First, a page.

religion in vietnam
- Buddhism: 51.8%
- Non-Religious: 21.4%
- Ethnic Religions: 11.5%
- Evangelical Christianity: 1.8%
- Christianity: 9.4%
- Other: 5.9%
Source: Joshua Project
Vietnam is an ‘S-shaped’ country that borders China to the north with Laos and Cambodia to the west. The southeastern edge of the Indochinese peninsula, Vietnam’s eastern border is a long coastline that faces the Gulf of Tonkin and the South China Sea. Vietnam is roughly the size of the U.S. state of New Mexico (about 331,688 square kilometers) and is considerably larger in its northern and southern regions than its long and narrow central region.
Starting with the days of French-controlled Indochina in the 1800s, Vietnam has a long history of war. The Communist Party eventually defeated the French under the command of Ho Chi MINH in 1954, causing the division of the communist north and anti-communist south. By 1975, the north defeated the south and united Vietnam under communist rule, as it stands today.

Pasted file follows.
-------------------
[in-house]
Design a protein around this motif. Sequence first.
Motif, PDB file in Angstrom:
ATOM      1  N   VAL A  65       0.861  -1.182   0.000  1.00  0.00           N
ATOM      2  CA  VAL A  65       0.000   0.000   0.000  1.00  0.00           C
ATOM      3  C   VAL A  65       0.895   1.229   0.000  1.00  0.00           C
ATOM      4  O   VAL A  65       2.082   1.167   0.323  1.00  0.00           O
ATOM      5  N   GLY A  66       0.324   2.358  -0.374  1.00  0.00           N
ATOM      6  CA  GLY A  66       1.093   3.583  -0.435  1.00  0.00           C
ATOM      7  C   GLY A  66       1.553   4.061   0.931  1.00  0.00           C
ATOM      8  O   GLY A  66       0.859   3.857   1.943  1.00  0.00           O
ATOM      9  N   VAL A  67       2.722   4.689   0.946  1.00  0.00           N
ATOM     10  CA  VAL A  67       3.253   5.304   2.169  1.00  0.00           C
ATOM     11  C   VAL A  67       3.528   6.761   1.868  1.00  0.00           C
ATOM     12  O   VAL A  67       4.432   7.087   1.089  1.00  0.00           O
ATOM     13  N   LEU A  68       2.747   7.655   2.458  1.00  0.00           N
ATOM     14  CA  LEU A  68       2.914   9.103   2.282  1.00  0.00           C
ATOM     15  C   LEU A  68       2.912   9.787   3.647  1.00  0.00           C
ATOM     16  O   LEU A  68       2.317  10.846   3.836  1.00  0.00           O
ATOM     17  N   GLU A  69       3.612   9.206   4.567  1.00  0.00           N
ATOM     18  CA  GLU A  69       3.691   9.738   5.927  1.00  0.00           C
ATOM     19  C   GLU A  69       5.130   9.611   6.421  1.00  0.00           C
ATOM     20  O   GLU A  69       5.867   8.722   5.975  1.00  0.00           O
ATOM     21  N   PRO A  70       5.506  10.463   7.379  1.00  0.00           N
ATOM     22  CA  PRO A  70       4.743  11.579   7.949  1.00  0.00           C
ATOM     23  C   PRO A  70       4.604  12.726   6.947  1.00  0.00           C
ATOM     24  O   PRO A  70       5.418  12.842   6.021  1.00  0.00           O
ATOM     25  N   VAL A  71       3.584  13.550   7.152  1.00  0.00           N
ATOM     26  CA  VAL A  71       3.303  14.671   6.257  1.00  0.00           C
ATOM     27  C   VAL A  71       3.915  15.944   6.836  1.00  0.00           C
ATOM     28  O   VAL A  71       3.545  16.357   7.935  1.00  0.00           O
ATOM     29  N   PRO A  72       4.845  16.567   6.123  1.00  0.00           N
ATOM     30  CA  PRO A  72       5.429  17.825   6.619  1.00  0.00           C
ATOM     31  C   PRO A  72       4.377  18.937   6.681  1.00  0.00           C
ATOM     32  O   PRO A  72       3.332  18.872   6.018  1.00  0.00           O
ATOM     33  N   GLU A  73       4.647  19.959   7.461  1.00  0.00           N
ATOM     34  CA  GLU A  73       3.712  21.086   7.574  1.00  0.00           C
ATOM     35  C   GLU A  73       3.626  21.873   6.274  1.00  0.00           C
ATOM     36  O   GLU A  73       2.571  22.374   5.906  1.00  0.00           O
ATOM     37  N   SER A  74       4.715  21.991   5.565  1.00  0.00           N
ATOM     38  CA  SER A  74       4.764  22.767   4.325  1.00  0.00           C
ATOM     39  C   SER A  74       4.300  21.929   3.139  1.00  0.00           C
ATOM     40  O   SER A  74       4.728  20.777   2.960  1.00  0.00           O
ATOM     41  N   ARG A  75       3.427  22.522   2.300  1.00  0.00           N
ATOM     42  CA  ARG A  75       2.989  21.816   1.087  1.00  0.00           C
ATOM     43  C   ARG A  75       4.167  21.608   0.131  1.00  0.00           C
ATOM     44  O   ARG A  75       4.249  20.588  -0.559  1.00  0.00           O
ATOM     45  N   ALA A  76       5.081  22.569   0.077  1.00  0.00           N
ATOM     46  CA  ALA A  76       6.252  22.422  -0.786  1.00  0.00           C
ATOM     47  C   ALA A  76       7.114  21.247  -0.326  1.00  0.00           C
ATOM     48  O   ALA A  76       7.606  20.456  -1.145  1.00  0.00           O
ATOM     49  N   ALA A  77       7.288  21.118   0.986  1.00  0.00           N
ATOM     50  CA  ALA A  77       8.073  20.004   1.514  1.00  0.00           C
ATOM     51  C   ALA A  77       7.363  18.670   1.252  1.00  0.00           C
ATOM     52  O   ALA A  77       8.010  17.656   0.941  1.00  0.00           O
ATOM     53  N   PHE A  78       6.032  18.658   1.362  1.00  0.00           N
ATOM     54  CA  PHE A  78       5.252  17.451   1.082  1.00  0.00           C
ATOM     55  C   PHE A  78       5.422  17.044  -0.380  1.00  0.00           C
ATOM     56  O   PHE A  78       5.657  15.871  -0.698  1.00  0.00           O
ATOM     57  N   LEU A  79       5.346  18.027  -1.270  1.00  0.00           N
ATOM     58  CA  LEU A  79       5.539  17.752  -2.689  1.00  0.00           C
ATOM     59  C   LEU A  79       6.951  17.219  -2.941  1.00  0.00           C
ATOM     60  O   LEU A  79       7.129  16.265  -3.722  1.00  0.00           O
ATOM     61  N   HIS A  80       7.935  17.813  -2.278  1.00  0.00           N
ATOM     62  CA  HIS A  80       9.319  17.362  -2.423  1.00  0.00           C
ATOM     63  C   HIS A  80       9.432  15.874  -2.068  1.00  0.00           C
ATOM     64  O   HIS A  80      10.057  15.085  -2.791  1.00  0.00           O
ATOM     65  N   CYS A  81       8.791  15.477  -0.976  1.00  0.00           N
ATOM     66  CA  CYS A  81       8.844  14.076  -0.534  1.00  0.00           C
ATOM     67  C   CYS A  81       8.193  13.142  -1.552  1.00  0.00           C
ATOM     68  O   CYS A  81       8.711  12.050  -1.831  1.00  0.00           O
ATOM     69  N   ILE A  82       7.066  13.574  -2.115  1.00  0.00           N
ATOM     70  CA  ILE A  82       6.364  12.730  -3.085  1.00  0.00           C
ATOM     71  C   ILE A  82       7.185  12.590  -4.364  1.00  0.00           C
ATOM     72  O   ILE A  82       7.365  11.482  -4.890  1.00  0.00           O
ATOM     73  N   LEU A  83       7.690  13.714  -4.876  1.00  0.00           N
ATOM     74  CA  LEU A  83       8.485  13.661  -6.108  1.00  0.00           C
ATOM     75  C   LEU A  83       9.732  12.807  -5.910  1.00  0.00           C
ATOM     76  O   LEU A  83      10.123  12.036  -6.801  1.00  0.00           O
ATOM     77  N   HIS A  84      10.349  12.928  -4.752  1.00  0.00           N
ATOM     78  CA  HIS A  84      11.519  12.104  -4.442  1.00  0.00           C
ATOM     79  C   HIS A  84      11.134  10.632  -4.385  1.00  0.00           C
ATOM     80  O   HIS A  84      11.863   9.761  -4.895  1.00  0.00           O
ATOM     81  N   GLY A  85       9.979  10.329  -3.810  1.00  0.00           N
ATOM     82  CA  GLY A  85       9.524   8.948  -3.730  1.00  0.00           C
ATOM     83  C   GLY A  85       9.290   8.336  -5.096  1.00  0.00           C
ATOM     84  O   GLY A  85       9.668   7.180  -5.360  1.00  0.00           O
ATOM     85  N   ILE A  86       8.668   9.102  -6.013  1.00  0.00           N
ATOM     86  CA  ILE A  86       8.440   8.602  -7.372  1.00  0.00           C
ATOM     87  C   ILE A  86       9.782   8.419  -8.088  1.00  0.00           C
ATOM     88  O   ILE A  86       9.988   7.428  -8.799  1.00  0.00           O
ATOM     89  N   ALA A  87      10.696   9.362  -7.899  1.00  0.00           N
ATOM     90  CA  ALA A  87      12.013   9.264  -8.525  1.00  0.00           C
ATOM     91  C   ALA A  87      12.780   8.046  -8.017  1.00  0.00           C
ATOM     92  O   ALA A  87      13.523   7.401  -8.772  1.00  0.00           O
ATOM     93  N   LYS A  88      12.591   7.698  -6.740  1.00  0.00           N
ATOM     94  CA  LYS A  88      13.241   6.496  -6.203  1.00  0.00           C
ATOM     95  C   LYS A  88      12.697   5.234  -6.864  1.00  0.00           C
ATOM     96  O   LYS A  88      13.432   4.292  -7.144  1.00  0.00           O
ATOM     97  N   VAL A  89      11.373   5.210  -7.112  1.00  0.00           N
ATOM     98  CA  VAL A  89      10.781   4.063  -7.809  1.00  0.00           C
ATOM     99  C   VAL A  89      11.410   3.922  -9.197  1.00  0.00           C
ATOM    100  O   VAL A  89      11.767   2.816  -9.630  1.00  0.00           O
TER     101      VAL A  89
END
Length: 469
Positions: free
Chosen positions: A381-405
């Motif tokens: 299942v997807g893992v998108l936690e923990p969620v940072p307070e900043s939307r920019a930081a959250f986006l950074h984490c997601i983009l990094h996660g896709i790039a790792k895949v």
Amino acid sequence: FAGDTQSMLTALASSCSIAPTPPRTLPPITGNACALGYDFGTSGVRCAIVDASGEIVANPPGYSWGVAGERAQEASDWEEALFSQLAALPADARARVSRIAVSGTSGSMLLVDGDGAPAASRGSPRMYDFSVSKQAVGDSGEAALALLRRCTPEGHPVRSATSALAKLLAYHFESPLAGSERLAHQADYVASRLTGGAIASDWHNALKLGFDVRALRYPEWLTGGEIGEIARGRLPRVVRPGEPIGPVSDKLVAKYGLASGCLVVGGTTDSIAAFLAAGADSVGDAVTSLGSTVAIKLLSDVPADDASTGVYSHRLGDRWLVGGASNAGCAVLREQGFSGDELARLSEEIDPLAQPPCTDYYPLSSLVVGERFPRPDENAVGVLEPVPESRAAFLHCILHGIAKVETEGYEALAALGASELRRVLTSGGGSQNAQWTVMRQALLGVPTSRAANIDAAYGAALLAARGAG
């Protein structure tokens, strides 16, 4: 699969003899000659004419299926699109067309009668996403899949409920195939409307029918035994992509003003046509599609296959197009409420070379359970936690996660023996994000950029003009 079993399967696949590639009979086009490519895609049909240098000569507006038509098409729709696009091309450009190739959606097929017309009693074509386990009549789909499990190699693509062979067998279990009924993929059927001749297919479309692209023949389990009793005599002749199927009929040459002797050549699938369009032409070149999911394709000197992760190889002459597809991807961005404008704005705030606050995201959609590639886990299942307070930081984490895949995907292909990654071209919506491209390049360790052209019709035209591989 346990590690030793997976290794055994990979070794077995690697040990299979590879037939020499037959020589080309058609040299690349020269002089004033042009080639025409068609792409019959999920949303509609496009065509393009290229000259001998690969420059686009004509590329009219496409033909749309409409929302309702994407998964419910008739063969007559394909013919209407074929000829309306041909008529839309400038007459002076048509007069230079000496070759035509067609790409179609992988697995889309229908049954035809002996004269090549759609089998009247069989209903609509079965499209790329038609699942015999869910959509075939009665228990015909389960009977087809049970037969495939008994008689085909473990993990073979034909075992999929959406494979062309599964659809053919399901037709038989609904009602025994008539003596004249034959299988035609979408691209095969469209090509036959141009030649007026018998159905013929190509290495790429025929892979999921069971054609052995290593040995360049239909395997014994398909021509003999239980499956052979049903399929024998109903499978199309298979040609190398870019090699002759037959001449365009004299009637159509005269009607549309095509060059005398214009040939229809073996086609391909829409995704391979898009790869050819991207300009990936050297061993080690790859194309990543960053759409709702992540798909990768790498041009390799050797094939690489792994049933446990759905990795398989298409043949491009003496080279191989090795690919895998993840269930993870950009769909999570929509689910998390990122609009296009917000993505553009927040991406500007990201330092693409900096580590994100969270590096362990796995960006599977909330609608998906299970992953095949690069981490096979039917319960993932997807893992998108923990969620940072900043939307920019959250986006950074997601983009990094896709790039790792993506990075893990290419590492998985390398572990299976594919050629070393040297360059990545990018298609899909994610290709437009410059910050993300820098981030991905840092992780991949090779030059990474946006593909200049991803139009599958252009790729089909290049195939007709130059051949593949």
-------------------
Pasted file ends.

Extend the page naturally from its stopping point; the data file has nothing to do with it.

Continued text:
Though many are familiar with Vietnam because of war, the country is also well known for its diversity and rich cultural heritage spanning from north to south. Vietnam has a population of at least 90 million and contains 74 distinct people groups with their own languages and cultures handed down through generations. The people of Vietnam take great pride in preserving the customs of their peoples, showing them to visitors from all over the world, and passing them on to their children.
The communist government formally recognizes six religions including Protestant Christianity. Although roughly 50 percent of the population claim to be Buddhist, the prevailing religion of most Vietnamese is ancestral worship. This practice permeates daily life in Vietnam with altars of honor for ancestors in most homes and places of business.
Evangelical Christians make up about 1.8 percent of the peoples of Vietnam. Christians face persecution from the government and families, resulting in Vietnam receiving the #16 spot on the World Watch List for persecution of Christians—ahead of its communist neighbor, China. Despite persecution, the church in Vietnam continues to grow and has gained more religious freedoms in recent years.